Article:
Ancient Fencer and Sabre Priority

Discussion in 'New to Fencing' started by CWong, Mar 30, 2017.

  1. CWong

    CWong Rookie

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    Hi All,
    I started sabre fencing again after an absence of more than 30 years. The last time I fenced was in the early 80s before sabre became electric. The priority rules have changed significantly. It use to be that an extended arm had the priority but now it seems like some vague combination of moving forward and threatening a target area. I watched You-Tube videos and can't seem tell which is the attack. I was also told that the rule in the box is different than the rule out of the box. Can somebody enlighten me?

    Your help is most appreciated.
    Thanks.
     
  2. Inquartata

    Inquartata Podium

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    The rule is not different, but the "interpretation" of it is.

    Yeah. I don't understand it either.

    Anyway, it's extendING arm now.
     
  3. Mac A. Bee

    Mac A. Bee Podium

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    [QUOTE="CWong, post: 1183413, member: 125786"... I fenced was in the early 80s...an extended arm had the priority but now it seems like some vague combination of moving forward and threatening a target area.[/QUOTE]Having started saber before you and after almost two decades of reffing it - it's evolving, but you essentially get it. Watch international videos and shadow top-rated refs to stay current
     
  4. InFerrumVeritas

    InFerrumVeritas DE Bracket

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    T.75. is actually pretty clear in sabre (or more so than in foil). The timing is just very tight. It says that an attack is executed correctly "the beginning of the extending of the arm precedes the [advance/lunge] and when the touch arrives at the latest when the front foot touches the strip." So yes, if you're moving forward with your arm extending (even just a little or slowly) and your "point or the cutting edge [are] continuously threatening the valid target" then it's your attack.

    When actually on the strip, I think that the gut-check analysis of "did I react to what my opponent did or did my opponent react to me?" is a useful way to gage whether it was your attack or not. In general if they're moving forward before me, it's their attack and I need to deal with it or hope they miss.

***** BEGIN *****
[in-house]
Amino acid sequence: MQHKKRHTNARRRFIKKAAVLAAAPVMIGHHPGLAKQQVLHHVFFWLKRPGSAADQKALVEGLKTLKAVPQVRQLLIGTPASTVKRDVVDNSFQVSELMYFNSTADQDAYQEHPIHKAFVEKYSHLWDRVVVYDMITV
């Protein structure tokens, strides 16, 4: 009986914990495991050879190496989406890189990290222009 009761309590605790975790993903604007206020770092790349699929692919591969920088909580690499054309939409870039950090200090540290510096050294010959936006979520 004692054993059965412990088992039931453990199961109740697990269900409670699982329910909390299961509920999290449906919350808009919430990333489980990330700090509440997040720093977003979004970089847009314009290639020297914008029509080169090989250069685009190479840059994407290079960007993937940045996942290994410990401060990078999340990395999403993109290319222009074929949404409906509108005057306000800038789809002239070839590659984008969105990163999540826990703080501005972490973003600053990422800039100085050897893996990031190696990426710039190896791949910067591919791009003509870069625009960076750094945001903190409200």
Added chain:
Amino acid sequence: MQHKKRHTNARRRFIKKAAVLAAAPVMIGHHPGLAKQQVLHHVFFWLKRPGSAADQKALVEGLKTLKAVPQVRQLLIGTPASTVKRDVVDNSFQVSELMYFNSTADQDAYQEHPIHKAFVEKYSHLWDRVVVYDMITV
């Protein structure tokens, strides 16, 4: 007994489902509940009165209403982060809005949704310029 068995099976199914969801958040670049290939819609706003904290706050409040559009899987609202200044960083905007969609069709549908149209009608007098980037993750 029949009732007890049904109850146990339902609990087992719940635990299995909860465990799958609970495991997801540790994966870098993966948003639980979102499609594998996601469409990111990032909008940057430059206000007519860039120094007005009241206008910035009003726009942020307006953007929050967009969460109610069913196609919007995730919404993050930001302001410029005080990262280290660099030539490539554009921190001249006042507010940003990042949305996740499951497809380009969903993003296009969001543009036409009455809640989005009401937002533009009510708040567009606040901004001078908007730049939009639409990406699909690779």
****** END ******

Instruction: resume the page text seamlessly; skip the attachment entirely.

5. Inquartata

    Inquartata Podium

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    Except ignore that part about "when the front foot touches the strip". 'Cause referees do and will.
     
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  6. Fourcomp

    Fourcomp Made the Cut

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    Yeah from my experience you either get one who ignores this and only cares about hand movement and others who only look at the feet really but they are generally 1 in 100.
     
  7. Mac A. Bee

    Mac A. Bee Podium

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    [QUOTE="Fourcomp, post: 1183625, member: 124902"...]only cares about hand movement and others who only look at the feet.[/QUOTE]I would *love* to be able to see all aspects, but often am given only a two-meter ref space. I prefer four meters for saber, and have another meter available if I call more than two simultaneous-in-the-box in a row.
     
  8. CWong

    CWong Rookie

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    Thanks all for those helpful hints.I am confused about the language concerning the "when the front foot touches the strip". Doesn't that mean that a fencer who is extending their arm and advancing end the attack with each step? It seems to me that fencer who continues moving forward still has priority.